sons were already some time among strangers and with

the disciples without his knowing it, as occasionally hap-

pens to the children of the poor.

In those days, the emissaries of the High Priests went

throughout Jerusalem, visiting all the houses whose

owners kept up communication with Jesus and the disci-

ples, discharging them from whatever public employ-

ments they might happen to hold, and arresting any of

Jesus’ followers found there. Nicodemus and Joseph of

Arimathea had, since Christ’s burial, nothing more to do

with the Jews, Joseph of Arimathea was something like

an Elder of a congregation. He always stood among the

Jews like a man who, by his unobtrusive merit and

multiplied good works modestly performed, had won the

esteem of even the wicked. What very much rejoiced me

was to see how Veronica’s husband condescended to her

when she told him that she would rather separate from

him than from the crucified Jesus. I saw that he too was

discharged from his public office. But I was informed

that he bore it more for love of his wife than for love of

Jesus. The Jews, moreover, caused the ways and paths to

the Holy Sepulcher on Mount Calvary to be obstructed

by ditches and hedges, because they had become a resort

for many, and diverse moving incidents and miracles took

place in them.

Pilate’s interior disquietude drove him from Jerusalem.

Herod, a couple of days previously, had gone to

Machaerus, but finding no rest there, he proceeded to Ma-

dian. Here, where they had once refused to receive the

Lord, they now opened the gates to the murderer.

I saw Jesus appearing in many places during these

days, and lastly in Galilee, in a valley across the Jordan

in which was a large school. Many people were standing

together, speaking about Him and expressing their doubts

upon the report of His Resurrection. He appeared among

them, and vanished again after some words. I saw Him

appearing in this way in different localities.

The Apostles very quickly returned from the region of

Sichar. They sent a messenger on ahead to Bethania, to

announce their return and to direct several of the disci-

ples to go to Jerusalem for the Sabbath. Others were

commanded to celebrate it in Bethania, for they already

had a certain law and order. The Apostles only passed

through the different places on the road without stopping.

Thaddeus, James the Less, and Eliud went in their trav-

elling dress, and ahead of the rest, to see the Blessed

Virgin and Mary Cleophas at John Mark’s. As they had

not seen the newcomers for a considerable time, the holy

women were very much rejoiced. I saw that James was

carrying on his arm a priestly vestment, a mantle, which

the holy women in Bethania had made for Peter, and

which he was taking to the house of the Last Supper.

It was so late when the Apostles assembled in the

house of the Last Supper that they could not partake of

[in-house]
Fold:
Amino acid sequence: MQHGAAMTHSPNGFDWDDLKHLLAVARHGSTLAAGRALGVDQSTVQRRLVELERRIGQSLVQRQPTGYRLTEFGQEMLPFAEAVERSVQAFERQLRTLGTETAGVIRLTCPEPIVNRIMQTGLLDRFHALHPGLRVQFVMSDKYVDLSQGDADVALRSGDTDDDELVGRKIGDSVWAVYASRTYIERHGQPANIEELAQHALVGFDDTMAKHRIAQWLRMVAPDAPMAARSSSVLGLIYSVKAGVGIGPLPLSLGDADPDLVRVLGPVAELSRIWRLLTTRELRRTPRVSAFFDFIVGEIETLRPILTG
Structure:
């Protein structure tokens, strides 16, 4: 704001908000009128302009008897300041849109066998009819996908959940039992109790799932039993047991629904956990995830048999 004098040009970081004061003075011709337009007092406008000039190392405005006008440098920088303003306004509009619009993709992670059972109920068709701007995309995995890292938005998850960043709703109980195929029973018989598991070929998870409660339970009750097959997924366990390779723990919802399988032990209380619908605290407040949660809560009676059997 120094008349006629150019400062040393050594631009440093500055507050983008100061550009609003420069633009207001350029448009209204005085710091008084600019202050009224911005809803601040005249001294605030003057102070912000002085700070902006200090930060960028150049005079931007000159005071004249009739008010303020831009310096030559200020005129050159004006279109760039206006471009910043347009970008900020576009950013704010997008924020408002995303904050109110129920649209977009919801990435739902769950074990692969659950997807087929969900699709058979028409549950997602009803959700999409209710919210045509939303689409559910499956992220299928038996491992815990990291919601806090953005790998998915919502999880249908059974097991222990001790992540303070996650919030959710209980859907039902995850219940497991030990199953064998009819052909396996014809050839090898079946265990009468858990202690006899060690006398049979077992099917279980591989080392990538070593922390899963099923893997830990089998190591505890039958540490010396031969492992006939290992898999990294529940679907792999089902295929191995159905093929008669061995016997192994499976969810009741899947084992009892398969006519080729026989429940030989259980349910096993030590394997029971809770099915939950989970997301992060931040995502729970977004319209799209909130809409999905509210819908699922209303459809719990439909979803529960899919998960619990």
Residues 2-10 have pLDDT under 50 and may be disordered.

the meal prepared for them. They had to begin the Sab-

bath solemnities. They at once put on their robes of

ceremony, preceded of course by the customary foot

washing. The lamps were lighted, and I already remarked

some departure from the Jewish Sabbatical ceremonies.

First, the curtains were opened in front of the Holy of

Holies, and the seat upon which Jesus had reclined at ta-

ble at the institution of the Holy Eucharist was placed

before it. They spread a cover over it, and laid upon it

their prayer rolls. Peter knelt before it, John and James a

little in the rear, the rest of the Apostles behind them,

and then came the disciples. When they knelt they bowed

their heads to the ground, burying their faces in their

hands. The cover was removed from the chalice, but the

white linen cloth was still left hanging over it. Only those

disciples were present who were already initiated into the

mystery of the Blessed Sacrament, just as those chiefly

had been taken on the journey to Sichar who had seen

the Lord after His Resurrection that they might be able

to attest the fact.

Peter, with John and James at his side, delivered a

meditation, or prayer, in which the holy Institution of the

Lord and also His Passion were considered, and an interior

sacrifice of prayer was offered. After that, standing under

the lamp, they began the usual ceremonies of the Sabbath.

When all was over, they took a repast in the outer hall. In

the Supper Hall itself, I saw no more eating going on after

the institution of the Holy Eucharist, excepting perhaps the

taking of bread and wine.

On the occasion of His apparition through the closed

doors, Jesus had taught the Apostles that addition to the

service of the Sabbath which relates to the Blessed Sacra-


The Blessed Virgin was taken to Jerusalem by Mary

Marcus; and Veronica, who now went round with her

openly, accompanied them, along with Johanna Chusa

from Bethania.

The Blessed Virgin liked to be in Jerusalem, for she

could there go alone in the twilight and darkness over the

Way of Jesus’ Passion, pray and meditate on the places

upon which He had suffered or had fallen. And as she

could not reach them all, on account of the Jews’ having

hedged some of them in and filled others up, she made

the Holy Way at home, also, or in the open air, for she

had all the distances and the numbers connected with it

deeply engraven in her soul, and thus she constantly

revived, in her compassionate contemplations, the whole

of that sorrowful journey of her Son.

It is a certainty that after the death of her Son, the

Blessed Virgin was the first to begin the devotion of the

Way of the Cross and the practice of meditating upon the

bitter Passion, a practice that she ever after continued.
— Fr. Stephen, o.f.m.

Posted on April 6, 2018 at 1:36 pm